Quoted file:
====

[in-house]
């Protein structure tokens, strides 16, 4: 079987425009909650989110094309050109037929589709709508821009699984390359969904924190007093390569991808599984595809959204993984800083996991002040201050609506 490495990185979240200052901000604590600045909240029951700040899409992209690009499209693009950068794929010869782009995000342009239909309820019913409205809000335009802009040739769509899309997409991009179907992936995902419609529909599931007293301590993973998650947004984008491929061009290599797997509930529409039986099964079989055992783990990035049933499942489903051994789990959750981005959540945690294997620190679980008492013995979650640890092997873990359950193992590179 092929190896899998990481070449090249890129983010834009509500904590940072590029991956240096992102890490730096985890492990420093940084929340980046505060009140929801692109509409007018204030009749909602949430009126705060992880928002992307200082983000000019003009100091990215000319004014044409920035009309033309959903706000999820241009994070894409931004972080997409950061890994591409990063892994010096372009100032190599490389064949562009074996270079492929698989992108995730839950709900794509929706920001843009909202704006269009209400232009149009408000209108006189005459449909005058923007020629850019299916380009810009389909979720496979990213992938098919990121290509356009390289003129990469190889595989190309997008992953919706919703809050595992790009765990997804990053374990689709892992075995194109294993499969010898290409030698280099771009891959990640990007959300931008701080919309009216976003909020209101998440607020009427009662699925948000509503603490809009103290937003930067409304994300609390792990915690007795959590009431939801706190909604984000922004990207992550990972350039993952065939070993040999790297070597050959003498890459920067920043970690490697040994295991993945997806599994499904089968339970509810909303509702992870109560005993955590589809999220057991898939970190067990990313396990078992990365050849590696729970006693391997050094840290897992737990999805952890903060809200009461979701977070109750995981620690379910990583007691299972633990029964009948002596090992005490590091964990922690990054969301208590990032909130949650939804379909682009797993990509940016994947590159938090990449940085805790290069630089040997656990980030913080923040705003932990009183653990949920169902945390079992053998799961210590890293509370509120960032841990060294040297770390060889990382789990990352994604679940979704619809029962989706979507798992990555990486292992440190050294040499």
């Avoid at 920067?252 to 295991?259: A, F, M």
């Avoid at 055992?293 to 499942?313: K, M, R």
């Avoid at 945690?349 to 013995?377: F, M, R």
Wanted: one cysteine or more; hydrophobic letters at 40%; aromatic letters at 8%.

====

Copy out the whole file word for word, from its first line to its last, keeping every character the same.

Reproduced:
[in-house]
């Protein structure tokens, strides 16, 4: 079987425009909650989110094309050109037929589709709508821009699984390359969904924190007093390569991808599984595809959204993984800083996991002040201050609506 490495990185979240200052901000604590600045909240029951700040899409992209690009499209693009950068794929010869782009995000342009239909309820019913409205809000335009802009040739769509899309997409991009179907992936995902419609529909599931007293301590993973998650947004984008491929061009290599797997509930529409039986099964079989055992783990990035049933499942489903051994789990959750981005959540945690294997620190679980008492013995979650640890092997873990359950193992590179 092929190896899998990481070449090249890129983010834009509500904590940072590029991956240096992102890490730096985890492990420093940084929340980046505060009140929801692109509409007018204030009749909602949430009126705060992880928002992307200082983000000019003009100091990215000319004014044409920035009309033309959903706000999820241009994070894409931004972080997409950061890994591409990063892994010096372009100032190599490389064949562009074996270079492929698989992108995730839950709900794509929706920001843009909202704006269009209400232009149009408000209108006189005459449909005058923007020629850019299916380009810009389909979720496979990213992938098919990121290509356009390289003129990469190889595989190309997008992953919706919703809050595992790009765990997804990053374990689709892992075995194109294993499969010898290409030698280099771009891959990640990007959300931008701080919309009216976003909020209101998440607020009427009662699925948000509503603490809009103290937003930067409304994300609390792990915690007795959590009431939801706190909604984000922004990207992550990972350039993952065939070993040999790297070597050959003498890459920067920043970690490697040994295991993945997806599994499904089968339970509810909303509702992870109560005993955590589809999220057991898939970190067990990313396990078992990365050849590696729970006693391997050094840290897992737990999805952890903060809200009461979701977070109750995981620690379910990583007691299972633990029964009948002596090992005490590091964990922690990054969301208590990032909130949650939804379909682009797993990509940016994947590159938090990449940085805790290069630089040997656990980030913080923040705003932990009183653990949920169902945390079992053998799961210590890293509370509120960032841990060294040297770390060889990382789990990352994604679940979704619809029962989706979507798992990555990486292992440190050294040499």
């Avoid at 920067?252 to 295991?259: A, F, M």
């Avoid at 055992?293 to 499942?313: K, M, R």
């Avoid at 945690?349 to 013995?377: F, M, R």
Wanted: one cysteine or more; hydrophobic letters at 40%; aromatic letters at 8%.